At The CrossHe approached me just minutes before church stated (and therefore a scant 20 minutes before Sunday School) to inform me that he didn’t feel like teaching that day. He and I, along with another lady, rotated teaching the Junior High Sunday School class, each of us teaching every third Sunday. As lead teacher, I also served as the substitute when either of the others couldn’t (or in this instance, wouldn’t) teach.

Dictionary.com defines the word “substitute” this way:

 
noun
1.

a person or thing acting or serving in place of another.
2.

(formerly) a person who, for payment, served in an army or navy in the place of a conscript.
3.

Grammar. a word that functions as a replacement for any member of a class of words or constructions, as do in He doesn’t know but I do.
 
verb (used with object), substituted, substituting.
4.

to put (a person or thing) in the place of another.
5.

to take the place of; replace.
6.

Chemistry. to replace (one or more elements or groups in a compound) by other elements or groups.
 
verb (used without object), substituted, substituting.
7.

to act as a substitute.
adjective
8.

of or pertaining to a substitute or substitutes.

9.

composed of substitutes.
 

The Bible teaches that, in dying for the sin that would rightly condemn you and me, Jesus willingly died in our place! Scholars refer to His act as the “substitutionary atonement” to emphasize that He accepted the punishment for crimes that we (being born sinners) commit against God. This article on the GotQuestions.org website begins with the following summary of the doctrine:

The substitutionary atonement refers to Jesus Christ dying as a substitute for sinners. The Scriptures teach that all men are sinners (Romans 3:9-18, 23). The penalty for our sinfulness is death. Romans 6:23 reads, “For the wages of sin is death, but the gift of God is eternal life in Christ Jesus our Lord.”

That verse teaches us several things. Without Christ, we are going to die and spend an eternity in hell as payment for our sins. Death in the Scriptures refers to a “separation.” Everyone will die, but some will live in heaven with the Lord for eternity, while others will live a life in hell for eternity. The death spoken of here refers to the life in hell. However, the second thing this verse teaches us is that eternal life is available through Jesus Christ. This is His substitutionary atonement.

Scripture supports the premise that Jesus died as our Substitute, as you’ll discover if you read the GotQuestions.org article for yourselves. I’d like to highlight just one of the Scriptures involved in this doctrine. I particularly like this two-verse passage because the second verse offers the practical implication of Christ dying the death that you and I deserve.

24 He himself bore our sins in his body on the tree, that we might die to sin and live to righteousness. By his wounds you have been healed. 25 For you were straying like sheep, but have now returned to the Shepherd and Overseer of your souls. ~~1 Peter 2:24-25 (ESV)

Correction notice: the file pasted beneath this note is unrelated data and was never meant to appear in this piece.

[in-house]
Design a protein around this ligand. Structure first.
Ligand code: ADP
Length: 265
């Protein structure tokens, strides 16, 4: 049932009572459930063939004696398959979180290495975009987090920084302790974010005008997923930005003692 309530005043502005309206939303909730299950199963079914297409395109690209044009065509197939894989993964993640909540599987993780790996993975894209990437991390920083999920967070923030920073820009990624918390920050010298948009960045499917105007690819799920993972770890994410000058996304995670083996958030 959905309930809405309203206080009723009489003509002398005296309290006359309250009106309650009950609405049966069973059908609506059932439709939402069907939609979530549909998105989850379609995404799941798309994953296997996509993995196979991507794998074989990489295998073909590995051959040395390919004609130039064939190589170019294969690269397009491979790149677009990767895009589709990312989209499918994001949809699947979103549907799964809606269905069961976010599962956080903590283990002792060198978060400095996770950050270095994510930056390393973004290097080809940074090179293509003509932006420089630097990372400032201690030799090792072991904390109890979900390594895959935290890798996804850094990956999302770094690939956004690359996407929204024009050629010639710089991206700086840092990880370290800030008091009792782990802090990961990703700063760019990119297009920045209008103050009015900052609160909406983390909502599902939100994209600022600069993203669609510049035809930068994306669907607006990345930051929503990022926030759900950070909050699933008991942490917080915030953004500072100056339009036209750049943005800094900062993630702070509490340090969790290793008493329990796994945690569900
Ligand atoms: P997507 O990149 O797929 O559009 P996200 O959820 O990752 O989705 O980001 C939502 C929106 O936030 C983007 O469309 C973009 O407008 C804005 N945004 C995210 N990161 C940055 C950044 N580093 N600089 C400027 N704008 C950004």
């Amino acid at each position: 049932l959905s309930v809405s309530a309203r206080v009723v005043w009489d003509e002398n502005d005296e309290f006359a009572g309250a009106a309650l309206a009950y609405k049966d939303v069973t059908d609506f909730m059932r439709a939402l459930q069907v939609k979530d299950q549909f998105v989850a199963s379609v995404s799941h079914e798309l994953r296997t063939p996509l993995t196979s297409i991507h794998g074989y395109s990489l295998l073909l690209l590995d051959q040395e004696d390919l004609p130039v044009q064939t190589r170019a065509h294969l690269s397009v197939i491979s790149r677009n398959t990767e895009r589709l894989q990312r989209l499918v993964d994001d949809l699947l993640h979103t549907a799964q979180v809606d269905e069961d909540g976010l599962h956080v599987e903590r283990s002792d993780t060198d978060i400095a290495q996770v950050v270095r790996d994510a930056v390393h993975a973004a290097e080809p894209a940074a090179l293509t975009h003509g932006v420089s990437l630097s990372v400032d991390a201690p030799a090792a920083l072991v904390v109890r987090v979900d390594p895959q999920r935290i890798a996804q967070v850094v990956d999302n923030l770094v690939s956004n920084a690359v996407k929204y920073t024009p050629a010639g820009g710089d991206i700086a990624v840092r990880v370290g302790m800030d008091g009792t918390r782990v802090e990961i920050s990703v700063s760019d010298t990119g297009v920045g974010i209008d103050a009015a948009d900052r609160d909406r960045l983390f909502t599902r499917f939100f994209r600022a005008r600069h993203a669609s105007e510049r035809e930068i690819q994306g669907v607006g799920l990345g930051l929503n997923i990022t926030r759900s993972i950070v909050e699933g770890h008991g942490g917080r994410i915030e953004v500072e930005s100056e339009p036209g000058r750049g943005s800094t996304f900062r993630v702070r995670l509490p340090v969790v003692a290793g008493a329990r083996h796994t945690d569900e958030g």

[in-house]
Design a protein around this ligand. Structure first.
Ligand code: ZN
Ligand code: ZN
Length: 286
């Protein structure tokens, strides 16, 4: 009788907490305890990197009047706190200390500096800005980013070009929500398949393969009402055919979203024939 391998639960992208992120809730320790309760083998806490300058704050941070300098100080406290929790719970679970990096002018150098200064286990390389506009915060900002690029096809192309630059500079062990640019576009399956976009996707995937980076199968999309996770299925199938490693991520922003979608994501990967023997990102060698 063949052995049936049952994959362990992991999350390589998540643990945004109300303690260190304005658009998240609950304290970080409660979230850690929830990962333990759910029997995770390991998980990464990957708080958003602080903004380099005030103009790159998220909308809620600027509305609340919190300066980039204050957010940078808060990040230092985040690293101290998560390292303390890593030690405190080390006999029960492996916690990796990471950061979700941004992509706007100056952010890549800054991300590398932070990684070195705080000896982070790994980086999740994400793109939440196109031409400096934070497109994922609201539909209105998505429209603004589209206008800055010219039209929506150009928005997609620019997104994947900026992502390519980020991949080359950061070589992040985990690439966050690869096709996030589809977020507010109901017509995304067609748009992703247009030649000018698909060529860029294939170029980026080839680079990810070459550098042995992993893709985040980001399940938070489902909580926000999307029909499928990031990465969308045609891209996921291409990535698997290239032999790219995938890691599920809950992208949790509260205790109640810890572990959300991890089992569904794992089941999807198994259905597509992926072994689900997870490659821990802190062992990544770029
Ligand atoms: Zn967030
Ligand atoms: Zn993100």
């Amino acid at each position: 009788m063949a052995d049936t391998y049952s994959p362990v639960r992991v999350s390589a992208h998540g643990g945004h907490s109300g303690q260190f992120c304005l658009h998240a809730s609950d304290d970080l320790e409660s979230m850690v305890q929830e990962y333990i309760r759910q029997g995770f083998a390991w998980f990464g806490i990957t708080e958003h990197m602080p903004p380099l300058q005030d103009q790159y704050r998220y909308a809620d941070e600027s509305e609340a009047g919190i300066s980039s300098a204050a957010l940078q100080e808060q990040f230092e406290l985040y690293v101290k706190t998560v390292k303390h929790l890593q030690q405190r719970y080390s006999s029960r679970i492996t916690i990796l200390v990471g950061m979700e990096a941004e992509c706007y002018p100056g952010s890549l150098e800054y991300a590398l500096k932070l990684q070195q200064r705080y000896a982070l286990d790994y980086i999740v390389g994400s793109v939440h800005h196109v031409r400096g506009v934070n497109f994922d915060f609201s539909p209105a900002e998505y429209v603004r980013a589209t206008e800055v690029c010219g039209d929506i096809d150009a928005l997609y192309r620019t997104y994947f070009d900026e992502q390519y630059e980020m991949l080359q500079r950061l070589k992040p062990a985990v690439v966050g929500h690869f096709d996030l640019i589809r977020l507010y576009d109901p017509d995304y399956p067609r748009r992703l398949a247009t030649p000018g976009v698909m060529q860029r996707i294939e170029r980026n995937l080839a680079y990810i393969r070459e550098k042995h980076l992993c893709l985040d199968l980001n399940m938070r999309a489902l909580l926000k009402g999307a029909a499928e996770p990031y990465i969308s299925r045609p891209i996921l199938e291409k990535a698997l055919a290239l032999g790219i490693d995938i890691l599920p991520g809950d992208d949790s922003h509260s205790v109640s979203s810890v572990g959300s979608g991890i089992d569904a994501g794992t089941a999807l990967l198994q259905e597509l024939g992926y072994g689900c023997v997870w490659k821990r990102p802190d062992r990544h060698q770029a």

Of course, we balk at the truth that, as born sinners, we actually deserve God’s wrath. For that reason  it’s difficult for us to grasp the fact that Jesus bore the horrible judgment that rightfully belongs to you and me. If you resist the truth that you’re completely incapable of earning God’s acceptance through your own efforts, I beg you to ask the Holy Spirit to speak to you through the Bible.  Once He convinces you of your spiritual bankruptcy, you can rejoice that He went to the cross as your substitute!

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A Wrinkle In Theology

Robin Olsen PortraitSocial media definitely gives me a wealth of subject matter! Consider this quotation:

Joy is the infallible proof of the presence of God.  ~~Madeline L’Engle

When that quote showed up on my Twitter feed a few years ago, I vacillated between laughing, crying and throwing up. I have fond childhood memories of Madeline L’Engle’s book, A Wrinkle In Time, but I rather wish she’d confined her writing to children’s fiction and left theology alone. That quote sounds pretty and poetic, admittedly, but it positively oozes with the sloppy theology that permeates today’s visible church.

L’Engle elevates the subjective emotion of joy as “infallible proof” that God is present. This “reasoning” reminds me of so many professing Christians who validate things like the Gay Christian Movement because they interpret the enthusiasm among “gay Christians” as an indication that He sanctions their misinterpretation of Scripture.

But truth must never be at the mercy of fleeting experience. People often feel great joy in the midst of extremely sinful behavior. Yet God, being holy, neither will nor can grace sinful  behavior with His presence. The joy at a college drinking party may, in some instances (such as celebrating the end of finals), be quite genuine, but any true presence of the Lord would bring the revelers to repentance in short order. Indeed, His presence brought the prophet Isaiah to humility.

In the year that King Uzziah died I saw the Lord sitting upon a throne, high and lifted up; and the train of his robe filled the temple. Above him stood the seraphim. Each had six wings: with two he covered his face, and with two he covered his feet, and with two he flew. And one called to another and said:

“Holy, holy, holy is the Lord of hosts;
the whole earth is full of his glory!”
And the foundations of the thresholds shook at the voice of him who called, and the house was filled with smoke. And I said: “Woe is me! For I am lost; for I am a man of unclean lips, and I dwell in the midst of a people of unclean lips; for my eyes have seen the King, the Lord of hosts!” ~~Isaiah 6:1-5 (ESV)
 
Throughout the Bible, actually, God’s presence frequently evoked fear and trembling as people saw the contrast between their sinfulness and His holiness. Sometimes, joy followed. And we definitely will have joy in heaven, where those of us who are born again through His Spirit will be in His presence forever. But humility and repentance serve as much more reliable indicators of His presence for now.
 
Hopefully Madeline L’Engle ironed out her theology before she died.